In an opinion piece entitled "The Fervour of the Vegan" a few days ago, The Atlantic's Food Channel producer, Max Fisher, ends up ranting at what he describes as a sort of ascetic righteousness he sees vegans as possessing. Fisher pretty much inadvertently lifts his shirt up to readers to display all of the welts borne of his own obvious self-flagellation, though, when he writes
I know all too well about the cruelties of egg and dairy factory farms, cruelties to which, as I pat myself on the back for not eating meat, I continue to contribute every day.This very quote pretty much says it all. Fisher is acknowledging that he is a hypocrite, but has neither the balls nor the sense of accountability that would entail his having to address this hypocrisy by changing his own life. Instead, he shirks off his self-loathing by directing hostility at vegans for holding the mirror in front of him so that he can see himself.
Facing this basic contradiction of vegetarianism made me recognize a weight I'd been carrying ever since I gave up meat: I resent vegans. I resent that their mere, if rare, existence calls attention to the hypocrisy underlying the vegetarianism so central to my daily life.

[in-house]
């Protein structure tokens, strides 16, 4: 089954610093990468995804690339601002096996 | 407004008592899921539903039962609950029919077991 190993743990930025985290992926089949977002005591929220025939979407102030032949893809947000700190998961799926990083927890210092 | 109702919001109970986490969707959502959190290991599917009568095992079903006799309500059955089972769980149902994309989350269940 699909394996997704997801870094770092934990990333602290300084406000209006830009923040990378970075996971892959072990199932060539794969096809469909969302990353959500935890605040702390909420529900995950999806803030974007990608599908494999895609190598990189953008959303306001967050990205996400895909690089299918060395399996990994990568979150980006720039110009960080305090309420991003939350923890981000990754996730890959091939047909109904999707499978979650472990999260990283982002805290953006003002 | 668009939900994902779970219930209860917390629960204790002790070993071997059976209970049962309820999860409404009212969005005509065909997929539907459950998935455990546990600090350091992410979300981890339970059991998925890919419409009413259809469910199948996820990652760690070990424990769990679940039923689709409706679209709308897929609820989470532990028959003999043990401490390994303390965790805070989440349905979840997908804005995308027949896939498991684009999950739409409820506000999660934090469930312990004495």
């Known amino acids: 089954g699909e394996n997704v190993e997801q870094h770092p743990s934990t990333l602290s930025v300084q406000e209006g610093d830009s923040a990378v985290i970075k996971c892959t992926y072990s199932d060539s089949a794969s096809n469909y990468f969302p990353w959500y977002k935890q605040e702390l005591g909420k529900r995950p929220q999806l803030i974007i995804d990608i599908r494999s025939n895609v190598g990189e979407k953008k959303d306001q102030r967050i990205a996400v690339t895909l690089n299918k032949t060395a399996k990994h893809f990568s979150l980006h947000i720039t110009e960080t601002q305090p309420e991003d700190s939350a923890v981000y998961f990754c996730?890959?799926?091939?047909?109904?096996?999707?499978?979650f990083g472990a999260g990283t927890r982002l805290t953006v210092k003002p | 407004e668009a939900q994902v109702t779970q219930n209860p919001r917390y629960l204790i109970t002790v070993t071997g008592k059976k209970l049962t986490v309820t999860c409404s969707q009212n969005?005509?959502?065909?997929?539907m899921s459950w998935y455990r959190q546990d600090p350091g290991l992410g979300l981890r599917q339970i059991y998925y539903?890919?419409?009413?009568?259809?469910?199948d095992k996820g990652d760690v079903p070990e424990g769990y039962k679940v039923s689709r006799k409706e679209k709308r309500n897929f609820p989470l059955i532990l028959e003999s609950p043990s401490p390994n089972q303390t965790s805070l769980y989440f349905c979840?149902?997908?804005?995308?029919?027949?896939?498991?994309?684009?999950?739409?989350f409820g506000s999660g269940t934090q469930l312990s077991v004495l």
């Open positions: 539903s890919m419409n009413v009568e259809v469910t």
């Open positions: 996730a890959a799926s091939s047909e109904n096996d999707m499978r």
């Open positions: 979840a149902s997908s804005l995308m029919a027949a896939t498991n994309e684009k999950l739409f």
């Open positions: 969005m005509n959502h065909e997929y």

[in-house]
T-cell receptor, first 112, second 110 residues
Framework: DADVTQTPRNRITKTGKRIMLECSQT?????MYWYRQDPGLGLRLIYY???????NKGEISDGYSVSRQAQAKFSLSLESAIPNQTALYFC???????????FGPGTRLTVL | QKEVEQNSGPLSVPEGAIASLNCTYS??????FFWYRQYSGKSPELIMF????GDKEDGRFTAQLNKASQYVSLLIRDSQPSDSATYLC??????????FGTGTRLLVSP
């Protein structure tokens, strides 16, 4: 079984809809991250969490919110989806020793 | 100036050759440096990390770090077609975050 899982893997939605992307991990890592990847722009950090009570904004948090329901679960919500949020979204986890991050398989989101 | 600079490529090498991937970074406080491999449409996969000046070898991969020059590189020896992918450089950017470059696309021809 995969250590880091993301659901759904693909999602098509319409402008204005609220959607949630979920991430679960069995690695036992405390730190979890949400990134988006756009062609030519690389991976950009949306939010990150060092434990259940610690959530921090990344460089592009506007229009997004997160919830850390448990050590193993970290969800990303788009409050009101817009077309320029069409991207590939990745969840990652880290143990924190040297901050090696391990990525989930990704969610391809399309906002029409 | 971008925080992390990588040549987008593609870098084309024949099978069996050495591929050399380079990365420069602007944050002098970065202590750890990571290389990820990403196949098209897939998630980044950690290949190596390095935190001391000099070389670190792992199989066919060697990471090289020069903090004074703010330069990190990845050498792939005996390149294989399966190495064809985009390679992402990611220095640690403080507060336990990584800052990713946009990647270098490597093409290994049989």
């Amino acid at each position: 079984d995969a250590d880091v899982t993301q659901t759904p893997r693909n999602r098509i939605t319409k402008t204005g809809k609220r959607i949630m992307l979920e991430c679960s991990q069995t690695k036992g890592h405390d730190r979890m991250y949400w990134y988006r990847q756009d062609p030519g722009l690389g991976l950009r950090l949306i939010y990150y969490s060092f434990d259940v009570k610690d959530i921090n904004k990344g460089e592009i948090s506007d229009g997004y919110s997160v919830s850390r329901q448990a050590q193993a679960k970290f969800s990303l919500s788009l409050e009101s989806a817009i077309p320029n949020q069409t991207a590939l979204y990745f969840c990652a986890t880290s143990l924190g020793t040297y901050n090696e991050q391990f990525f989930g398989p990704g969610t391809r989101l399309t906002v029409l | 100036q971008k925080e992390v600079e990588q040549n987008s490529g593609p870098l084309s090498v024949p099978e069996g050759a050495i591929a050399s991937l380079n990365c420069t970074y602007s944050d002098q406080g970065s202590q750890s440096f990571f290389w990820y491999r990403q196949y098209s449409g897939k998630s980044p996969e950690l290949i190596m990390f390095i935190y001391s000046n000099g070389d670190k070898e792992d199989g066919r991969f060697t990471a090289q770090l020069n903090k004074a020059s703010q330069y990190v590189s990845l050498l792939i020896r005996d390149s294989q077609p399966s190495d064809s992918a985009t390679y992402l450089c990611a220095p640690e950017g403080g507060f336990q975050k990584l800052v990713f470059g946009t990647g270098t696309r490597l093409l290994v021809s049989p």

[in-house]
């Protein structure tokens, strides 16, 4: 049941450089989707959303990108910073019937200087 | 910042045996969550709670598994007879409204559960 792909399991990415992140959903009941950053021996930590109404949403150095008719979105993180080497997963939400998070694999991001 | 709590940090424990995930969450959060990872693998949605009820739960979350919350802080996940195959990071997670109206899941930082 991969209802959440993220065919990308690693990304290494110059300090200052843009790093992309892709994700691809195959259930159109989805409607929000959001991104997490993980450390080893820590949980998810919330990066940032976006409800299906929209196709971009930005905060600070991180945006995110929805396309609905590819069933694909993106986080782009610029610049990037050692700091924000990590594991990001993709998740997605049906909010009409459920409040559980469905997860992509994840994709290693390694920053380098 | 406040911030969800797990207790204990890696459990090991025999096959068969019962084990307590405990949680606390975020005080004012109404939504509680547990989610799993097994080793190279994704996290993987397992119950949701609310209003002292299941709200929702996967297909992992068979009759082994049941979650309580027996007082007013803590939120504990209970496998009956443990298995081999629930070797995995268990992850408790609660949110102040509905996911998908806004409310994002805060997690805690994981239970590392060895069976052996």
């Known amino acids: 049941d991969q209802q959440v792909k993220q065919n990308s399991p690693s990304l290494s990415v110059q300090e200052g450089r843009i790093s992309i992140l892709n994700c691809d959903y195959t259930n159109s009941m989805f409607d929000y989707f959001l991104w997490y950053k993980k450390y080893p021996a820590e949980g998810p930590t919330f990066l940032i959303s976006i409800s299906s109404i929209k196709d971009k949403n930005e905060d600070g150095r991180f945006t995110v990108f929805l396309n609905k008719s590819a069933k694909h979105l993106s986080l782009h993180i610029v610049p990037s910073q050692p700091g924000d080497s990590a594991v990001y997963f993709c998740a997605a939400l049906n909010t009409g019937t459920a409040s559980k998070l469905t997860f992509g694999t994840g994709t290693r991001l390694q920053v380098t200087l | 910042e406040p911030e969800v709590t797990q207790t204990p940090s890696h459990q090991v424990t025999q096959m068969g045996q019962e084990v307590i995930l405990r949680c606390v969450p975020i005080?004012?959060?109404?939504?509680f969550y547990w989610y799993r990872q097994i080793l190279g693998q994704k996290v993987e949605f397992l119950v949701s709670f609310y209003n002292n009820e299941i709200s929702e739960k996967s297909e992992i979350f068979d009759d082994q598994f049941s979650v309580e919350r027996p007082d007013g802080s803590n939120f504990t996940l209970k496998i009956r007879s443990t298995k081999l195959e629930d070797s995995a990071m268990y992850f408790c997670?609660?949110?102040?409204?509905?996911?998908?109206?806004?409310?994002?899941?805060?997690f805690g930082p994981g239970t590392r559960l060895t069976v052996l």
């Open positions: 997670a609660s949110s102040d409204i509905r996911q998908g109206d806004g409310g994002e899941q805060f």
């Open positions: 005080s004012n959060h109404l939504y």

That makes about as much sense as a serial rapist continuing to rape occasionally, while ranting about the existence of self-help groups consisting of reformed rapists for making him feel guilty for continuing to rape.
He continues, in an accusatory tone, stating "vegans are a blow to any confidence I feel in my chosen lifestyle" and asks what should, in fact, be a rhetorical question: "If I really cared about animal welfare, wouldn't I be vegan?"
Indeed, Max Fisher. Indeed.